Sure, the Fritschi Diamir Freeride Pro 108mm Binding has a touring mode, but that shouldn't lead you to assume that it sacrifices anything in the way of downhill performance. This is a wide, burly touring binding for powerful skiers who seek technical lines far away from the resort. Robust materials mean ultimate durability, a clever linkage design transmits all your power directly to the ski, and a dialed release system protects you against disastrous early-release scenarios. Glide quickly on the skin track and then push this top-shelf touring binding until your speed leaves you screaming like a child.
|Boot Compatibility:||ISO Alpine DIN|
|Position height:||39 mm|
|Ski width:||> 80 mm|
|Sole length sizing:||S - 260-315 mm, M - 285-340 mm, XL - 330-365 mm|
|Weight Per Pair:||2.2 kg, 4 lb 8 oz|
|Black Diamond Fritschi Diamir Freeride Pro Ski Bindings||$374.94 - $424.96|
|Black Diamond Fritschi Diamar Freeride Pro AT Bindings with Extra Large Brake - 120MM||$448.95|
|Black Diamond Diamir Fritschi Pro Binding w/XL Brake||$398.95|
|Black Diamond Fritschi Diamir Pro Bindings||$322.95|
I have these mounted on Black Diamond Zealots and they work well. I've been touring with them a few times and they're quite a bit heavier than a dedicated touring binding, but fill a niche for someone who wants one setup for inbounds and backcountry skiing.
I had the previous model of this binding, no issues with durability but not a great touring binding. For one it is heavy but worse yet you are picking up the weight of the majority of the binding when you are you picking up your heel to glide. At first the weight isn't bothersome but after awhile your buddy's dynafits on the way to the summit of Rainier look better, and better.... Also they accumulate alot of snow buildup when touring through powder. They definitely look like a good conventional downhill binding, but I have found my Dynafit's ski down hill better and I'm a fairly aggressive, powerful skier (190lbs).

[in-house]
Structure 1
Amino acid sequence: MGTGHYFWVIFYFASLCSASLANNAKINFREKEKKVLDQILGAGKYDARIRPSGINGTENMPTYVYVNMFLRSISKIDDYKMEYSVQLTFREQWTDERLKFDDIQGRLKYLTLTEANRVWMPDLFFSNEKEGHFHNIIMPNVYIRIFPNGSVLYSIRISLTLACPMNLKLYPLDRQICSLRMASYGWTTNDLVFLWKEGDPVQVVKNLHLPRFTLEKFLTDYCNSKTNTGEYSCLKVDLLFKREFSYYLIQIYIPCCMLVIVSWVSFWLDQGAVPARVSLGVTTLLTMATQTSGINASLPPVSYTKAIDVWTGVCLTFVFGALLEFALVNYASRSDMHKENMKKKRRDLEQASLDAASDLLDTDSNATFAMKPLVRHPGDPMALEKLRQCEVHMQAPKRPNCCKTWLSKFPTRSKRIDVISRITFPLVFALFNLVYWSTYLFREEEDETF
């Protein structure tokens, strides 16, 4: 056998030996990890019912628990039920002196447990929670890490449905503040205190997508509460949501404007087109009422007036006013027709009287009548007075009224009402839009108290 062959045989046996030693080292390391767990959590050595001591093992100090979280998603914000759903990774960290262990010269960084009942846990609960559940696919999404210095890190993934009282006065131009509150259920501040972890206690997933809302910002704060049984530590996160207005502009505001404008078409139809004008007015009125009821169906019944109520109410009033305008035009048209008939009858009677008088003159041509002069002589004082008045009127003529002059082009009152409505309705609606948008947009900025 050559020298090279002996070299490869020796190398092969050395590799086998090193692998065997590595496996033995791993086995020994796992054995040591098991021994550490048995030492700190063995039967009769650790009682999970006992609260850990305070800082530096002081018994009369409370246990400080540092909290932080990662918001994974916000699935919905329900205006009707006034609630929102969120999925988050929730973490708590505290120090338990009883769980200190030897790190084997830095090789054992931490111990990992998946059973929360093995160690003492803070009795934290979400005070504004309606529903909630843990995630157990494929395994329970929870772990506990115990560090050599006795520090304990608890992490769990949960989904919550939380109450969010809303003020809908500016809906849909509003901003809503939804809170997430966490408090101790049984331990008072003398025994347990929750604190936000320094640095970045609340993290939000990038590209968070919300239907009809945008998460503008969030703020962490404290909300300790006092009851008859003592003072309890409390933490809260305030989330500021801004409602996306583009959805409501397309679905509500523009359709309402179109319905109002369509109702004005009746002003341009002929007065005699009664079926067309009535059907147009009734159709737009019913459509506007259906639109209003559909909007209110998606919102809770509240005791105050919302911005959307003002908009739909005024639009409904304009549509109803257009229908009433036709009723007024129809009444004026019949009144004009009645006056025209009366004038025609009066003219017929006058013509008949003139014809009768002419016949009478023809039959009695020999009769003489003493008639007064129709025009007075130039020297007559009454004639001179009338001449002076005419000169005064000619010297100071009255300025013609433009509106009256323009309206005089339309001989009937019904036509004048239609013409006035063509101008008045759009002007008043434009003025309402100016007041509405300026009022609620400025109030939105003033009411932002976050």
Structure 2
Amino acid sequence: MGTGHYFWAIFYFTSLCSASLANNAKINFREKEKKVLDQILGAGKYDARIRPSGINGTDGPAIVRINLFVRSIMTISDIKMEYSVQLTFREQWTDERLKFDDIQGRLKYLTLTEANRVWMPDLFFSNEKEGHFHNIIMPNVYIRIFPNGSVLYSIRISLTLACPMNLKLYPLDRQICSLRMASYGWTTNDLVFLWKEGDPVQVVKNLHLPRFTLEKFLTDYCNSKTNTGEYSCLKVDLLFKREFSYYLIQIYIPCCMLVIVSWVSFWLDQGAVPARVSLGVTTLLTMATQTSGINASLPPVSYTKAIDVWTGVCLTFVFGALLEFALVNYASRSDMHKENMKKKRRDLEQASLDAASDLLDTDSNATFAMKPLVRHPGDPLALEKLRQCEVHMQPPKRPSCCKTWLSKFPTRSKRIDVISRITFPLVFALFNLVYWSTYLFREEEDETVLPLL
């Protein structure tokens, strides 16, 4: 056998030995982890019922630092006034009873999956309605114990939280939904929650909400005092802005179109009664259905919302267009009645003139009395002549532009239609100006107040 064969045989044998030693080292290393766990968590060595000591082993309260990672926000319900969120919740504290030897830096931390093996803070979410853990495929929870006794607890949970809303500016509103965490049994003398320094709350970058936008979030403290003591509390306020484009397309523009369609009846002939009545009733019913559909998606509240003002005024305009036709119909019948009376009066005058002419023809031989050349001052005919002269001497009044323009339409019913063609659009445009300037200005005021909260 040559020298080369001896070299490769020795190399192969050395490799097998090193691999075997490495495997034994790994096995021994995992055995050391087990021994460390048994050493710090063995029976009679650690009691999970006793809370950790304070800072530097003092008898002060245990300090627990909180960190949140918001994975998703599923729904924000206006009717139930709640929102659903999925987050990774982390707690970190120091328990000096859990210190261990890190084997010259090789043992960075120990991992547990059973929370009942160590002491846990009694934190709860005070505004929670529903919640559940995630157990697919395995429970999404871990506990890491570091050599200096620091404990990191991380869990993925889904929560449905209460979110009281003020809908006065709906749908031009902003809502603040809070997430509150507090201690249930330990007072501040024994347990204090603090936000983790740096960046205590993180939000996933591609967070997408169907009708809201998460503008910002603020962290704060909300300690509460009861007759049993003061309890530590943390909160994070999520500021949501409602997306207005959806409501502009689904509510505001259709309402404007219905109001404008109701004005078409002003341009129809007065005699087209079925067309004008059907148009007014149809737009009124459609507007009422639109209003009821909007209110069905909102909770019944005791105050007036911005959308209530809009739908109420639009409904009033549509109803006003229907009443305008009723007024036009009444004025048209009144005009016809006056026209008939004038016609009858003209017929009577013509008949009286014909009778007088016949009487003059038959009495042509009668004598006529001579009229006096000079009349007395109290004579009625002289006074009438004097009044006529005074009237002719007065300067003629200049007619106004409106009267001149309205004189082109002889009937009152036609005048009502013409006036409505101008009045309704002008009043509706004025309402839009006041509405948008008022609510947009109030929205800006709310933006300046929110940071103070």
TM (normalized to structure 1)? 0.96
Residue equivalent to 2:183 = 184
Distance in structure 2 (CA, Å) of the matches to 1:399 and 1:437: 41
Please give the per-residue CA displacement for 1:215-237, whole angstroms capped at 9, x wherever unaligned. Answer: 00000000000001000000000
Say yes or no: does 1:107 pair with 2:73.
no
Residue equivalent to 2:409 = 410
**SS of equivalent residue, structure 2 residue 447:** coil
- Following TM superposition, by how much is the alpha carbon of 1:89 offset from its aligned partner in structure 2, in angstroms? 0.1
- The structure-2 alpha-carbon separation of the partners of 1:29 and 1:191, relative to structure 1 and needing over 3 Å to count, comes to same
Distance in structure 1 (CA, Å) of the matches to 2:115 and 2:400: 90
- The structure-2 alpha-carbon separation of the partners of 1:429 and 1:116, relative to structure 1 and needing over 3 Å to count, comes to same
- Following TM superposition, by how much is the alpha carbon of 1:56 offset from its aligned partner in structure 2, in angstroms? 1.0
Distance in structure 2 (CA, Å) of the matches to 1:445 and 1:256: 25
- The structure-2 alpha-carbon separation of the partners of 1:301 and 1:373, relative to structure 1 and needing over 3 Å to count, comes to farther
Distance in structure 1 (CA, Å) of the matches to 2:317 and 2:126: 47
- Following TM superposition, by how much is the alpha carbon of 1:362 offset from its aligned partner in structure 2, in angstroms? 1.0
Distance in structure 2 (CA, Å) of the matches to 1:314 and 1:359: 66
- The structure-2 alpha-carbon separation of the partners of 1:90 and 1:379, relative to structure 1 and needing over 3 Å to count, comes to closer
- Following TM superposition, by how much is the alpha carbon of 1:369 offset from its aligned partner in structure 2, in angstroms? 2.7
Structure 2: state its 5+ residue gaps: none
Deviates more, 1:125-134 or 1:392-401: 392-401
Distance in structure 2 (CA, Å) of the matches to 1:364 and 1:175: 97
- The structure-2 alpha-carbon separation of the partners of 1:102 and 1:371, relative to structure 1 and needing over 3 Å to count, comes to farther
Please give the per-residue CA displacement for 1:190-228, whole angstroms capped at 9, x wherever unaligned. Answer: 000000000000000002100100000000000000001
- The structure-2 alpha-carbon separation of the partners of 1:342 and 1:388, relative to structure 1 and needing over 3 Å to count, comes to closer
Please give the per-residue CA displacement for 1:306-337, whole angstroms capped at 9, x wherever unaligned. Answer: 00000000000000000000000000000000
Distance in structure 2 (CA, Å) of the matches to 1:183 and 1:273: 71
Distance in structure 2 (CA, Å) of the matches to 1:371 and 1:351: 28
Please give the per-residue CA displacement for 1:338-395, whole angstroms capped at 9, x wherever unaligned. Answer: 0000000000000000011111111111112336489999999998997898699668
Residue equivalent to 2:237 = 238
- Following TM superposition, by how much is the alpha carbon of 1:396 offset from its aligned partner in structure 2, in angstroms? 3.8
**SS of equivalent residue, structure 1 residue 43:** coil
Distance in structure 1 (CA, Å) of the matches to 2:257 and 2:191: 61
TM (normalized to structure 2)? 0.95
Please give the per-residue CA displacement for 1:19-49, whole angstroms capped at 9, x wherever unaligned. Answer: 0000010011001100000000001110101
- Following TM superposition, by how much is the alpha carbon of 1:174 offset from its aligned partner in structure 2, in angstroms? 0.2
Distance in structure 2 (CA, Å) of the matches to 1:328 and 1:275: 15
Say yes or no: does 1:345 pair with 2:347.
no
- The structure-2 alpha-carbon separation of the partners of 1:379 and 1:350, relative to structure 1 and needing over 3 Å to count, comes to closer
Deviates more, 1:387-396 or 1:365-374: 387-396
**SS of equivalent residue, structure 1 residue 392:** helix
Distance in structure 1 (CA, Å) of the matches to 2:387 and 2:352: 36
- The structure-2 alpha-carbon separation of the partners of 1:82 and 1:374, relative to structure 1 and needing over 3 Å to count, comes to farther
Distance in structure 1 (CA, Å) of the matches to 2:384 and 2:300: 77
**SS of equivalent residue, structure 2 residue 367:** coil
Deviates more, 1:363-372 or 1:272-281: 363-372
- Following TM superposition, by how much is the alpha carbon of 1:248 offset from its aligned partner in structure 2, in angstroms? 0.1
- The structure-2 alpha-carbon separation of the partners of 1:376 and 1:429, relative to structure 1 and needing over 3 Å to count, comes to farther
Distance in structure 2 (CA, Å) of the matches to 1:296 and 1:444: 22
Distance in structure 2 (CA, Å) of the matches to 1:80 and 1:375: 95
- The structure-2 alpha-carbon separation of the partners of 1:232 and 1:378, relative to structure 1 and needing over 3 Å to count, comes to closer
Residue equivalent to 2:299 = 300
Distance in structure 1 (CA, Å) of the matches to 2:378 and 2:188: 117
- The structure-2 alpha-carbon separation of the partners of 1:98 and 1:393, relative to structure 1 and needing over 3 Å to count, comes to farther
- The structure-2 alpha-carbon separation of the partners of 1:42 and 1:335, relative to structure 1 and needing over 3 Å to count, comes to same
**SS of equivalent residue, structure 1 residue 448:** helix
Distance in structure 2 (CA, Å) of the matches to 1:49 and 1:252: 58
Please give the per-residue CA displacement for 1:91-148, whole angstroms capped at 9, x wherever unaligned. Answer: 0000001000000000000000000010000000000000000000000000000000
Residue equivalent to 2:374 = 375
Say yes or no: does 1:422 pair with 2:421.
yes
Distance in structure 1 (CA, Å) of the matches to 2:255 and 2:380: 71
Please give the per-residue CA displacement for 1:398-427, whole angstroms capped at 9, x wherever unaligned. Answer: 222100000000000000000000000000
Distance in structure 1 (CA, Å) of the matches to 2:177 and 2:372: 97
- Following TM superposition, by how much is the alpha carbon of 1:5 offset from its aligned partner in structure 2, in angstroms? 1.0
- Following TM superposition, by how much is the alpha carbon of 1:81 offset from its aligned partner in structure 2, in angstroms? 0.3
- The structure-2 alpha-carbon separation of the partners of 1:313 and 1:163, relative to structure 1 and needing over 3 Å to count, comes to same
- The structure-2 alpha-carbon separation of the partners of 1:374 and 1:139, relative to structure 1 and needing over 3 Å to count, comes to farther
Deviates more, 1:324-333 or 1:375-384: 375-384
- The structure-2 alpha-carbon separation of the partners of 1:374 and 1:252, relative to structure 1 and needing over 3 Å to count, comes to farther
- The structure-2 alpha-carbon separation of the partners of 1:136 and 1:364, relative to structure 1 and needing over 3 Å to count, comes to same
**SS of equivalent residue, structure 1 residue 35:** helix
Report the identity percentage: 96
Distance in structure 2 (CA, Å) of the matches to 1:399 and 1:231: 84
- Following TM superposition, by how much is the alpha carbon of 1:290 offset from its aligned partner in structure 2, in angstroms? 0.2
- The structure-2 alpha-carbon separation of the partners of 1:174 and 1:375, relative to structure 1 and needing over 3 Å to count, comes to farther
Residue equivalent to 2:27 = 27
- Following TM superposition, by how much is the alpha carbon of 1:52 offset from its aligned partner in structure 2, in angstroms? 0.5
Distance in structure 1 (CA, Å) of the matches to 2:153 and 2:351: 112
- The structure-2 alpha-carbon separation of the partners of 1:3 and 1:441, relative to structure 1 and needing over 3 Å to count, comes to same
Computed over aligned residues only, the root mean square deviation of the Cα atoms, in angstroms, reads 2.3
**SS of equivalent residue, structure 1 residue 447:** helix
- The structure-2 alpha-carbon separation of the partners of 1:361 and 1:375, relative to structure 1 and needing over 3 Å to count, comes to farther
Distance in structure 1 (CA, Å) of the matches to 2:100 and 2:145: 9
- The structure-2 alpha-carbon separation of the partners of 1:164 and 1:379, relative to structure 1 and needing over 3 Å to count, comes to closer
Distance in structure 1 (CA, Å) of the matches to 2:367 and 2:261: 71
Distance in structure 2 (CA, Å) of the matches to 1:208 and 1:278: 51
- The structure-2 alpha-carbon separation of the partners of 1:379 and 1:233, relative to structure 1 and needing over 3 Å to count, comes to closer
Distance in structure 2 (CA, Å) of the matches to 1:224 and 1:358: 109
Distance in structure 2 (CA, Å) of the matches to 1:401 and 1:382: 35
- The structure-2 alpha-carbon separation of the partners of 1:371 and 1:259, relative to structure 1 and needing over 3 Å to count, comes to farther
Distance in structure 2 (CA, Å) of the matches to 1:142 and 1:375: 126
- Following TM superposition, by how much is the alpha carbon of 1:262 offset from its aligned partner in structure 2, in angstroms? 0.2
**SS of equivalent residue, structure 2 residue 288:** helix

There are two ways to review these: Review them, review them vs. Dynafit.
Review: These are fully functional, they work great, I never had a problem with them.
Review vs. Dynafit: When you can purchase the Dynafit Speed Radical for the same price, you'd be crazy to go with Fritschi. Almost every touring boot made now is Dynafit compatible. Fritschis are clunky, loud (clack-clack-clack-clack), heavier, harder to maneuver on tricky ascents, and don't offer the top-of-the-line stability that Dynafit offers.
What it comes down to: I don't think these bindings, though totally functional, are worth anywhere near their price point.